Conor Sullivan

Why Teachers Make Good Salespeople

There is a strong correlation between good teachers and good salespeople.

Before going into business, I was a teacher for six years, which meant I spent the month of August preparing for the upcoming school year. Even though I am not personally writing any lesson plans this month, the calendar made me think about the skills I learned as a teacher and how I apply those skills to the business world today.

There have been many studies found and articles published within LinkedIn, Forbes, and other credible sources about the many obvious skills teachers possess that translate to business: Organization, Public Speaking, Writing Ability, etc.

But I want to focus this article on specific, not often discussed skills that teachers possess:

1. Making Every Student Feel Like They Are Special

Whenever a student asked me who was my favorite student, I answered quite simply: “Every student is my favorite. Every student should feel special.”

Young people immediately show less interest if they do not feel appreciated, which can make life very difficult for a teacher.

The same goes for business. I make every client feel like they are special. I make them believe they are the client that I talk about at dinner and think about when I brush my teeth in the morning.

Therefore, every client is my favorite.

2. Convincing Someone To Do Something that They Need, But Do Not Necessarily Want to Do

I taught AP English Language and Composition for two years at an international school in Colombia. Each year, I needed to convince 80 students to study for the end of year exam all while knowing very well that approximately half of them did not plan to attend an English-speaking university and the other half simply did not enjoy English. Despite this, I made them all believe they not only should study, but that they wanted to study.

This has become very useful in my sales career. Every day, I learn about my prospects’ companies so I understand their needs. Why might they need an AI platform? An outside consultant? An outsourced business development service? And then, I convince them that they should buy that service because they need it.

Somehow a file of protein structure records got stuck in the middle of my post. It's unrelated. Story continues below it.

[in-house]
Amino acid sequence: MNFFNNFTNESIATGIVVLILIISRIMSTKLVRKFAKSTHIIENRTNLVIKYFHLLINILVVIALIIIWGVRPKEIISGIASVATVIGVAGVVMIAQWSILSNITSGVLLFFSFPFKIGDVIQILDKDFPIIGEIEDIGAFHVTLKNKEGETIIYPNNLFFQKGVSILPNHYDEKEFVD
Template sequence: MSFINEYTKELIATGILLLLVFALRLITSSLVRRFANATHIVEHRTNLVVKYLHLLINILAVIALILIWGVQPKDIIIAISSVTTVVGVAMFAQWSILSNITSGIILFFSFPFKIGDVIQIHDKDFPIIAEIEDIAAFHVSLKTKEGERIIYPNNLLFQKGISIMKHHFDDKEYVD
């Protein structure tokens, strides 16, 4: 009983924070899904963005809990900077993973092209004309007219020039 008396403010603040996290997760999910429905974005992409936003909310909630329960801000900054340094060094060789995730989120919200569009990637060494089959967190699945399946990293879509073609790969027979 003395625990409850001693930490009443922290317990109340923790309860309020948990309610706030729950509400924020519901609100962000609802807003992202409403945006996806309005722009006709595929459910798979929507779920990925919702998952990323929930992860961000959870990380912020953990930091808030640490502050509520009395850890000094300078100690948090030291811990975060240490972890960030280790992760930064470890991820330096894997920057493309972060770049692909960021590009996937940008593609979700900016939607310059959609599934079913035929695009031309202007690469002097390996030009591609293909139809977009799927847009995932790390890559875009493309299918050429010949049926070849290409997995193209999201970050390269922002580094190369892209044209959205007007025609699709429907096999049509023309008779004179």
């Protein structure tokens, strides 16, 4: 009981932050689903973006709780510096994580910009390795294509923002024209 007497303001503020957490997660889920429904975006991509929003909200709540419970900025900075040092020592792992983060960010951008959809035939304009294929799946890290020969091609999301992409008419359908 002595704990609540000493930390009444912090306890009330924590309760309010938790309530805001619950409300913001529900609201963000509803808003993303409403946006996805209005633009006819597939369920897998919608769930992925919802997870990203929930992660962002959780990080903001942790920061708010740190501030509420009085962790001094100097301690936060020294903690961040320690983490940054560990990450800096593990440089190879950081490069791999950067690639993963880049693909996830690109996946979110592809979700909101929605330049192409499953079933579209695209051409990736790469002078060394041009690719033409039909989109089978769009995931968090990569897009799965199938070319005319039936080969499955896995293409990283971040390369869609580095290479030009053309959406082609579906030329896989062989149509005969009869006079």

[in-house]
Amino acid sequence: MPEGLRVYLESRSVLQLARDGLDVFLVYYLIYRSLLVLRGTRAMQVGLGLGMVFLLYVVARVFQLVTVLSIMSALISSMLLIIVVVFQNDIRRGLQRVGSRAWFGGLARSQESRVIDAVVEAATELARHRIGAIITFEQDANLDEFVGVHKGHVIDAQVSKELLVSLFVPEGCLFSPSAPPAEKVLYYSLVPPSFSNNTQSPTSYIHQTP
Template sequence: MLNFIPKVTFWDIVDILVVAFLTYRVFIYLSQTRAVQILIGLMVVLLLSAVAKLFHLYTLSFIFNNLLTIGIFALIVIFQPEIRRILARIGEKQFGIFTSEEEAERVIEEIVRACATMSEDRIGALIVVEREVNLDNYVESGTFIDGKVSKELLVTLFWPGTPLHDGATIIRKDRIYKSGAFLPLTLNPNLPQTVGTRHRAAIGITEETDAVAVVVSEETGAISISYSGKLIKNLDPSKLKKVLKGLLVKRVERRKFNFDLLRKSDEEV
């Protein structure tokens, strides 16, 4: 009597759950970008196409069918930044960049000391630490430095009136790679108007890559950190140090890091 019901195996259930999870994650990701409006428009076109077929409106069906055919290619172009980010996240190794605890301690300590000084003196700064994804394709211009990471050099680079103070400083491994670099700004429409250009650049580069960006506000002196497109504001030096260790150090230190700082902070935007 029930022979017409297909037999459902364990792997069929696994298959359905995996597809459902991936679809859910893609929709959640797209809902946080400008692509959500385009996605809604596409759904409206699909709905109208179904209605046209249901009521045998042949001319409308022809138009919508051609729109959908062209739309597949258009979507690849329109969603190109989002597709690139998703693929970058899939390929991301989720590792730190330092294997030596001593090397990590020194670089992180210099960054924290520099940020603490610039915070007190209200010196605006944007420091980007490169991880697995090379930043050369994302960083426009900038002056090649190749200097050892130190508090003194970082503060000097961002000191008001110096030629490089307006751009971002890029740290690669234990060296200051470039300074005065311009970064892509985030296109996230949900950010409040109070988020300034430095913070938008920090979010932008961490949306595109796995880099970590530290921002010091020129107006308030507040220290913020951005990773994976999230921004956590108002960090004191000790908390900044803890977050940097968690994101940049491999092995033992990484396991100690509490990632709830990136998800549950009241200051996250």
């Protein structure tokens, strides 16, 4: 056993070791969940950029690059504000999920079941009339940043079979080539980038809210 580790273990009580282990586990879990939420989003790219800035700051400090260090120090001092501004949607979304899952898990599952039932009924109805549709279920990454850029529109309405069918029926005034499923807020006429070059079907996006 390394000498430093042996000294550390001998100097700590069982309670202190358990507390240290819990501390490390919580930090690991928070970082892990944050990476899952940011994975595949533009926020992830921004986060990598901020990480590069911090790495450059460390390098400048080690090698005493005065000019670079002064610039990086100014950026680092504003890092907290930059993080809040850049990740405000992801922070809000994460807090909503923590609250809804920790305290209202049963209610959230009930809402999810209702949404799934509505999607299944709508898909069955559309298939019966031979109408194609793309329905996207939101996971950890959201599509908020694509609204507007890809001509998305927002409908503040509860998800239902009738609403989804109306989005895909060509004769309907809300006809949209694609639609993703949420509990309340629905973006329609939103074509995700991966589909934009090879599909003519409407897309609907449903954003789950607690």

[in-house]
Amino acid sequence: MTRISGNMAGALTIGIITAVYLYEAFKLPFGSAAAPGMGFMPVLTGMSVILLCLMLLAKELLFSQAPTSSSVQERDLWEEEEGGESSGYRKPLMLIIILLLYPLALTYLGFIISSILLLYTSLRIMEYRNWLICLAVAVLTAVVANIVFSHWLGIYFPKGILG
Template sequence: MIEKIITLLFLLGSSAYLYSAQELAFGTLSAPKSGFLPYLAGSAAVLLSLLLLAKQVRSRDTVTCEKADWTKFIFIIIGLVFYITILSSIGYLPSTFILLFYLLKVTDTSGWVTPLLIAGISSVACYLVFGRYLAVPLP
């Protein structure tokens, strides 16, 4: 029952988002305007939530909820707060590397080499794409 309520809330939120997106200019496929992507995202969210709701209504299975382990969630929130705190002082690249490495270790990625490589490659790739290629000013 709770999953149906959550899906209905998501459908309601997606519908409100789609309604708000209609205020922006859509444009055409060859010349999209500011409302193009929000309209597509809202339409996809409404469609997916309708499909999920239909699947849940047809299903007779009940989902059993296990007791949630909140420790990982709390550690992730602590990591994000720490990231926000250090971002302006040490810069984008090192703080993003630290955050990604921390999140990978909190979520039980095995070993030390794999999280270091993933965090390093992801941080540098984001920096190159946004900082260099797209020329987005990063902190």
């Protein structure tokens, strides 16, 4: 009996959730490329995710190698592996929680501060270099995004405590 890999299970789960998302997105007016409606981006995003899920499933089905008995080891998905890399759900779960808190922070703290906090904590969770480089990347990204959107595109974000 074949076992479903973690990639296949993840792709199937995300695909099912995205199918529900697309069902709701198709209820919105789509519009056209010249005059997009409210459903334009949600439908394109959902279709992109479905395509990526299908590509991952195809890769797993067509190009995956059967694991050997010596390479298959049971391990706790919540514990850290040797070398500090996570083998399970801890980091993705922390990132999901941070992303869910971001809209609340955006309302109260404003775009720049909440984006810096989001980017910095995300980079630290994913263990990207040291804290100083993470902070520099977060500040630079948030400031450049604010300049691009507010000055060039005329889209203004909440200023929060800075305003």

3. Working with Stakeholders

I quickly found in my teaching career that a student’s stakeholders led to success. A coach, parent, sibling, friend, or significant other could often get through to students in ways I never could.

For example, basketball season was always my favorite time of year as a teacher. I developed a relationship with the coaches, and worked with them to make sure their players always put academics first.

Miss a homework assignment? Run a lap.

Fail a test? Miss the game that week.

These policies led to the highest GPAs of the year.

This same principle applies to business. Even though my client’s outsourced software development services benefit the CTO, I need to connect with the CFO to secure the budget. Similarly, even though a CEO of a pharmaceutical company may be the ultimate decision maker, I need to convince the head of HR to whisper in their ear that this is the right decision.

4. Becoming an Expert on Something Quickly

One of my favorite lessons I ever taught was a rhetorical analysis of Johnnie Cochran’s closing statement in the 1995 OJ Simpson case. Before we read and analyzed the speech, I gave my class an overview of the trial.

One day, one of my students asked, “Mister, how do you know all of that off the top of your head?” What my students did not know was that I read and researched a lot to get to that level. I made sure I could answer every question my students asked because if I lost credibility in front of a group of teenagers, chaos would reign.

This similar policy applies to business. At The Endurance Group, it is our job to act as teachers and deeply understand the industries, services, and products of my clients and anticipate questions a prospective customer may have.

As we discuss in our FAQ section, our company is able to sell complex products and services like drug discovery software and private equity due diligence consulting because of this ability. We promise to deeply understand our clients’ value propositions.

Are you curious how a former teacher could help your company? Let’s talk.